What an embedded ESG strategy looks like
Tailored: There is no 'one size fits all' approach when it comes to embedding ESG. A strategy needs to be tailored to a business and its specific needs and goals. This will vary based on a company's type of business, industry sector, investor base, supply chains, workforce, and other factors.
An important starting point for any ESG strategy is to identify the top opportunities and risks for a business, so it can focus on the ones that will have the greatest impact. This is particularly important in the early stages of developing a strategy where it may not be practical to address every ESG issue with the same level of attention. Engagement within the organization and with key stakeholders can help determine the top opportunities and risks for a business.
A tailored ESG strategy is more likely to lead to meaningful interactions with employees, partners, rights holders and other stakeholders and an overall improved ESG performance.
Sustainability and future-proofing: Embedded ESG strategies are ones that help sustain and future-proof a business over the long-term. Different businesses will have different areas that are the most important to them. Climate risk continues to dominate the ESG dialogue in the energy sector. Workplace issues relating to equity, diversity and inclusion, and overall employee wellbeing, although relevant for all sectors, are more prominent in other areas.
An example of steps businesses can take to future-proof an ESG issue is in supply chains. Companies can make ESG factors a priority when selecting their partners, including shifting to more resilient, sustainable, legally compliant and ethical suppliers. Having sustainable supply chains is growing in importance in all industries.
Top-down and bottom-up: An embedded ESG strategy is both top-down and bottom-up. While the development of the ESG platform, its priorities and communications should come from the top, it should also be integrated throughout the organization so that an ESG lens can be applied to all decision-making. This includes meaningful engagement with employees, partners, rights holders and other stakeholders to help embed ESG within the organization. Businesses should take a holistic approach to ESG, embedding it in their mission, vision and values, as well as making it part of their culture.
Partnerships and industry initiatives
Indigenous communities: Businesses are increasingly understanding, respecting and incorporating Indigenous peoples' knowledge and values in their operations. This is happening through partnership, engagement, consultation or other mechanisms. Importantly, Indigenous peoples are identifying and/or leading these efforts.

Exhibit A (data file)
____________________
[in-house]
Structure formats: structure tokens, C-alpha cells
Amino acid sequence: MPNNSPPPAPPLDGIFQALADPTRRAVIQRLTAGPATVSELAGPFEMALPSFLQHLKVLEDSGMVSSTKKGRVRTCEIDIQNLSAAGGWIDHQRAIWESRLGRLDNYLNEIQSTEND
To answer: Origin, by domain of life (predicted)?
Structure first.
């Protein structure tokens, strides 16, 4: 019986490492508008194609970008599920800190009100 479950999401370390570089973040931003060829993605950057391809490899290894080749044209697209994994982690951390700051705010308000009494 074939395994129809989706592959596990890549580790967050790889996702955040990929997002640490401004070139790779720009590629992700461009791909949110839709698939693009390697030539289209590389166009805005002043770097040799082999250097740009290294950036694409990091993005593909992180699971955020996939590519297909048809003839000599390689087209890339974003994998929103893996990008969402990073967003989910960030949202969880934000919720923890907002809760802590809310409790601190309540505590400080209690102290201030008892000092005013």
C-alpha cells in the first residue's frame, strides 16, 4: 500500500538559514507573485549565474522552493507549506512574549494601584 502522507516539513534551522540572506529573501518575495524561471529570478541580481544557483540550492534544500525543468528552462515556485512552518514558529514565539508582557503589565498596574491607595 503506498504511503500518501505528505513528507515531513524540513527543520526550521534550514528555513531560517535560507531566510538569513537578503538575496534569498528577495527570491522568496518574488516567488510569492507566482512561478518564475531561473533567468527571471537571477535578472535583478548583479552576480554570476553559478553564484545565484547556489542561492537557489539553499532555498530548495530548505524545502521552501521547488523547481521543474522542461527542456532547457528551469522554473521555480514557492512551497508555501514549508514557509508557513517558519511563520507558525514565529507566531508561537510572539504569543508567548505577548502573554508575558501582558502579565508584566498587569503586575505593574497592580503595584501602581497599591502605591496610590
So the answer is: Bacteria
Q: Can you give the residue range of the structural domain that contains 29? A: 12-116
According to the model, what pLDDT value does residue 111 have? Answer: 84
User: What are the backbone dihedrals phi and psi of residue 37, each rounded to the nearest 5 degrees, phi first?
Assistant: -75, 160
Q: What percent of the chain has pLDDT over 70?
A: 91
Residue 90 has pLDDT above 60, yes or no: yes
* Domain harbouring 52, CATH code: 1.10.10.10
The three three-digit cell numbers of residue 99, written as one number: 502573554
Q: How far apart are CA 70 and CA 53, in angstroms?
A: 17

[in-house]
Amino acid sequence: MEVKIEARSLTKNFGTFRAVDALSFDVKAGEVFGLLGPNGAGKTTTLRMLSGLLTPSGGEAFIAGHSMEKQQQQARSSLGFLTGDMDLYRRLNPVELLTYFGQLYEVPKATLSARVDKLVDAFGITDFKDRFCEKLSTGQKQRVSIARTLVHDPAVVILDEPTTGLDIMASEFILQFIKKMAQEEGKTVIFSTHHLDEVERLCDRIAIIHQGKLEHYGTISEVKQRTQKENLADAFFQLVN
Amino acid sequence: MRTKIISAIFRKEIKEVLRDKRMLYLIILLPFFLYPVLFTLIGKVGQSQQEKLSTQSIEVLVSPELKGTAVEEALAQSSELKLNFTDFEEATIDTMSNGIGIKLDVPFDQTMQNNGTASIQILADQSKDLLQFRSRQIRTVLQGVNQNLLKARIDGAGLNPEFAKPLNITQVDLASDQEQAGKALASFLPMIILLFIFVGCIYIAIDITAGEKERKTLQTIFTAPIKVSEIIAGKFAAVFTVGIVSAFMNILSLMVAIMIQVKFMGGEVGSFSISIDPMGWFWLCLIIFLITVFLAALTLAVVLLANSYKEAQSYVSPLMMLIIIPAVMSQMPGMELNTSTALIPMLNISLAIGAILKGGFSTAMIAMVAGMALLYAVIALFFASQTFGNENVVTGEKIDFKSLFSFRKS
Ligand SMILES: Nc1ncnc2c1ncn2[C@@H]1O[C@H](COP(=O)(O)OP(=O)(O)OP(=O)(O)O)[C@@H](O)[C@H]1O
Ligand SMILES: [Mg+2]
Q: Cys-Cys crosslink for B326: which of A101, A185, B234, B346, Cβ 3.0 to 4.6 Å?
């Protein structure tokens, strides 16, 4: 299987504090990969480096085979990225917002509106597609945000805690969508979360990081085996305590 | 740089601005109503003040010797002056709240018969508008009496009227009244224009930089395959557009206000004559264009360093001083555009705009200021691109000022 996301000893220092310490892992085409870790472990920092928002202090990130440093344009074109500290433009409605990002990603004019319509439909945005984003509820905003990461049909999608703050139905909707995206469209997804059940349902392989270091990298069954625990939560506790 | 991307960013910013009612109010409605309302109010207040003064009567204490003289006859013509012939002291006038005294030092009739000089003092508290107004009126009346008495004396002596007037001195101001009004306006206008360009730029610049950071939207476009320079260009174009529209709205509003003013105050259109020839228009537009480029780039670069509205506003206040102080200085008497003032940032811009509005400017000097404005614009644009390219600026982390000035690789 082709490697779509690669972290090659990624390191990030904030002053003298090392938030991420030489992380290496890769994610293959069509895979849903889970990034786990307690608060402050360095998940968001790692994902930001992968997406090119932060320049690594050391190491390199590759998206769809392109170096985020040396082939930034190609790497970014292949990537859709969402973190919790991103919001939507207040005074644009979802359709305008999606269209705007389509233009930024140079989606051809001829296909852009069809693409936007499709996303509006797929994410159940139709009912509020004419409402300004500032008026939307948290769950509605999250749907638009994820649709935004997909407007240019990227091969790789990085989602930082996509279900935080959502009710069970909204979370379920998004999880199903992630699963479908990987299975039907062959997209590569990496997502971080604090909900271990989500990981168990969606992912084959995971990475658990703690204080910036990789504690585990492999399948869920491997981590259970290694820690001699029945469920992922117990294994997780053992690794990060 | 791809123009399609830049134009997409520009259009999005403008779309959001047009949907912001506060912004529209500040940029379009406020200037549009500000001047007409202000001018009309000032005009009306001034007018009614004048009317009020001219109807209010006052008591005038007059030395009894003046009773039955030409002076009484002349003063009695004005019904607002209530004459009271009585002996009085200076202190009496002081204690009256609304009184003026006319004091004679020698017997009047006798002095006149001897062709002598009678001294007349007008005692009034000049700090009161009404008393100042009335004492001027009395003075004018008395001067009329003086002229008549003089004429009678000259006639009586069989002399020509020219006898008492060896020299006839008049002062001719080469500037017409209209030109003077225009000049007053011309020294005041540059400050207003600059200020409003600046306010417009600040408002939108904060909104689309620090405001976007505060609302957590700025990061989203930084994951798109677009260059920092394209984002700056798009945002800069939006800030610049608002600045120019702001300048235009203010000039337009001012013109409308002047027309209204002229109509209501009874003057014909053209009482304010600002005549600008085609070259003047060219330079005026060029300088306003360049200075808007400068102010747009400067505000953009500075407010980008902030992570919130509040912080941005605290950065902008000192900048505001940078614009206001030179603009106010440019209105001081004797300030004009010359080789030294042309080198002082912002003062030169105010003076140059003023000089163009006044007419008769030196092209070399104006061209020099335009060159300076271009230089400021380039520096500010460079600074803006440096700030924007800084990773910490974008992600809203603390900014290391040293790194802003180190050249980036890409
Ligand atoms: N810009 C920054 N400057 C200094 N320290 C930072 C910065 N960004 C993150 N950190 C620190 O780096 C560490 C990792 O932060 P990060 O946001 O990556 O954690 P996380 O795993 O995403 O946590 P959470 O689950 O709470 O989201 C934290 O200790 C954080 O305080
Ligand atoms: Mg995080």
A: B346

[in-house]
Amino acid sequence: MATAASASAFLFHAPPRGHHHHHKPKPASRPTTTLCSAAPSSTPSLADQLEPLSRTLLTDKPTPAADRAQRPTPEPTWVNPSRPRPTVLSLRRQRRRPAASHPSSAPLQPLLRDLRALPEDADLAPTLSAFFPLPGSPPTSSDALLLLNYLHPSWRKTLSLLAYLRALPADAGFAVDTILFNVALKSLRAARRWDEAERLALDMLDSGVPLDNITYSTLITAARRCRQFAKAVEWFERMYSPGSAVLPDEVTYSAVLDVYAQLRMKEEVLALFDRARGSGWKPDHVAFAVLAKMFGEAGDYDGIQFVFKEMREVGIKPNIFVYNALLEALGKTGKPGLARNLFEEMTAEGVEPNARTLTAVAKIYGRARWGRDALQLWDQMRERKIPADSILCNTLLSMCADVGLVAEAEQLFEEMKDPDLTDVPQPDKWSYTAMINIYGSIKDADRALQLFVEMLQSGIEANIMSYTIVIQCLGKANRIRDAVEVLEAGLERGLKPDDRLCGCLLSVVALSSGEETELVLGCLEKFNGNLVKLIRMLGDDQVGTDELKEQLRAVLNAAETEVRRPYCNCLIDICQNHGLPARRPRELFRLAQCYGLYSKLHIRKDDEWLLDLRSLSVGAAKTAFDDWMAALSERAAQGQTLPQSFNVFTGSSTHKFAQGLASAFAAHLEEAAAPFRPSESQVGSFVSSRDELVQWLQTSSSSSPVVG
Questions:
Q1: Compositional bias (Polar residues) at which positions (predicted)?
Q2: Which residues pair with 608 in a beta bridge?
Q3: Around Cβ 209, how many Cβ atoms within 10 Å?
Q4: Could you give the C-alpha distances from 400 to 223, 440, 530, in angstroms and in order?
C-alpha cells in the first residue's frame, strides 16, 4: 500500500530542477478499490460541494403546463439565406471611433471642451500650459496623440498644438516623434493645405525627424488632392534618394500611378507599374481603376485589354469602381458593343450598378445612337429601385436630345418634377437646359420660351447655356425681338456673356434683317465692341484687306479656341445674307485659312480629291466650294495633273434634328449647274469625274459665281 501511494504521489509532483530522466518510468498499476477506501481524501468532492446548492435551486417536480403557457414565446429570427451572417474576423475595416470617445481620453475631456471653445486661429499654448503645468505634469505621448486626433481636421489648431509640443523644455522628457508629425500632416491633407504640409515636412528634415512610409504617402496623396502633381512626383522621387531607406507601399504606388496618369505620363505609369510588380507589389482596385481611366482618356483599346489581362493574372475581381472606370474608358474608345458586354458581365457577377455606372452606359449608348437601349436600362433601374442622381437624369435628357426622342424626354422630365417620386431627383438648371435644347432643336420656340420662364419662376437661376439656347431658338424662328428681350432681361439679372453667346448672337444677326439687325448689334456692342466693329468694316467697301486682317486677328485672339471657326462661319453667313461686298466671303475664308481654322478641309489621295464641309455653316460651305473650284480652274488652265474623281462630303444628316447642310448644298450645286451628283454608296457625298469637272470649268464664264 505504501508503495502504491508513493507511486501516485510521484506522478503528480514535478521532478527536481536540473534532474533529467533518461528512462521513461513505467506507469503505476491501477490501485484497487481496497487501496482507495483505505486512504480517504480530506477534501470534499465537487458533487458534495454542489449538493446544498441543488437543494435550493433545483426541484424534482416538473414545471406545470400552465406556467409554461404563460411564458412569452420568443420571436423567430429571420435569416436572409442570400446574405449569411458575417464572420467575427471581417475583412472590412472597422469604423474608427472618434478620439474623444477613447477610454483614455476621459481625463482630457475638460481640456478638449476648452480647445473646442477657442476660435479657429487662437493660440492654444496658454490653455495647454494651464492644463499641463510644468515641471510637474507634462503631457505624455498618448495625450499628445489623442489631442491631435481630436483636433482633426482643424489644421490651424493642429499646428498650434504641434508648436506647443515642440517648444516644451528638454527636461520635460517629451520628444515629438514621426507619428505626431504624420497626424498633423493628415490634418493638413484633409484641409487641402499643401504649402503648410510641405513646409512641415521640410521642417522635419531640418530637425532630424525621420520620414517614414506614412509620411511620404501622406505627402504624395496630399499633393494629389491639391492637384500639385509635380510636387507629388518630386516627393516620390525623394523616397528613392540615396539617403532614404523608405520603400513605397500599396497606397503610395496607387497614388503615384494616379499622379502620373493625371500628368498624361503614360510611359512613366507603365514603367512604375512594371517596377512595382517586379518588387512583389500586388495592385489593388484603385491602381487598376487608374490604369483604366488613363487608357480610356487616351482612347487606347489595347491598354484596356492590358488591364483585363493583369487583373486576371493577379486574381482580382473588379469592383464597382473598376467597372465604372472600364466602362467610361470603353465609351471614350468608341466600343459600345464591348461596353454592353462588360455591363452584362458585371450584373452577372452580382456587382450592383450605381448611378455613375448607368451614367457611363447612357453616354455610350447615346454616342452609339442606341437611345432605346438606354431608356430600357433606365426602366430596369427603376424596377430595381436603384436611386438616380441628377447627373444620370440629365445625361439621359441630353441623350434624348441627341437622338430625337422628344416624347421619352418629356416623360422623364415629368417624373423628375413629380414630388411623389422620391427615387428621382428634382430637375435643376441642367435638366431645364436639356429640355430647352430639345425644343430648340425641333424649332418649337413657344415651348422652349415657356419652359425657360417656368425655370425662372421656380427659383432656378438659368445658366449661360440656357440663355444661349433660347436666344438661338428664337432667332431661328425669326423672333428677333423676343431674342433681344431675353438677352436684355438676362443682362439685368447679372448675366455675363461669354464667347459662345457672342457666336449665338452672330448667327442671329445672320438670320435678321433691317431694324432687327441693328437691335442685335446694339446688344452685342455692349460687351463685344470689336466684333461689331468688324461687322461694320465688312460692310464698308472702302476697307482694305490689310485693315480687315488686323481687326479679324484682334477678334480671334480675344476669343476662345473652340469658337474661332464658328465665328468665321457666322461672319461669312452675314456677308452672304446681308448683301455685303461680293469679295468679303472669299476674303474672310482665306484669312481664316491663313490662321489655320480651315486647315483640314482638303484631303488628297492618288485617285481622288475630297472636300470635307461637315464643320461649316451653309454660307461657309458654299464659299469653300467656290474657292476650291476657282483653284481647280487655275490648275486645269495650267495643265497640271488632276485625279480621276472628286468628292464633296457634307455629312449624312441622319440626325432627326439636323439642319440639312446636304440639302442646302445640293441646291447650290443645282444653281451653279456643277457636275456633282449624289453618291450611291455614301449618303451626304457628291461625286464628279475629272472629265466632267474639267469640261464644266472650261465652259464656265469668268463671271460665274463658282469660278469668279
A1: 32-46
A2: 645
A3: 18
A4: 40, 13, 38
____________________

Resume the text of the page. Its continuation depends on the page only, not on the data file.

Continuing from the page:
Addressing reconciliation and the changing regulatory environment is critical for businesses in B.C. A wide variety of regulatory and policy actions are underway in the province and Canada, including the implementation of the United Nations Declaration of the Rights of Indigenous Peoples.
Sector and business specific initiatives: Numerous industry associations and self-regulated bodies across Canada have launched sector-specific ESG initiatives. Some are long-standing and are regularly updated as ESG issues evolve.
The Mining Association of Canada continues to add new protocols to its Towards Sustainable Mining initiative, which it launched in 2004. Electricity Canada created the Sustainable Electricity™ program in 2009, all members must report on their sustainability performance annually.
This year, the Canadian Association of Pension Supervisory Authorities issued a draft guideline on ESG that sets out principles as guidance for pension plan administrators. I had the privilege to be part of the working group that developed the guideline.
Some companies are working in partnerships as well. Teck Resources and DLT Labs™ recently announced a pilot project that employs a variety of uses of blockchain technology to enhance the traceability and transparency of goods.
Businesses that embed ESG into their core strategies improve their ability to compete, attract capital and connect with communities, customers, suppliers and their workforce. Engaging with employees is increasingly important, as more and more are making choices about where they want to work based on a company's ESG commitments and performance.
About the author:
Radha Curpen is Vice Chair and Vancouver Managing Partner and National Leader for ESG Strategy and Solutions at Bennett Jones LLP. Radha specializes in environmental, regulatory and Aboriginal law, including ESG and the transportation of dangerous goods. She provides strategic counsel to clients regarding regulatory compliance, environmental and social risk management, environmental litigation and prosecutions, crisis prevention and management, CSR, mitigating business disruption and reputation management.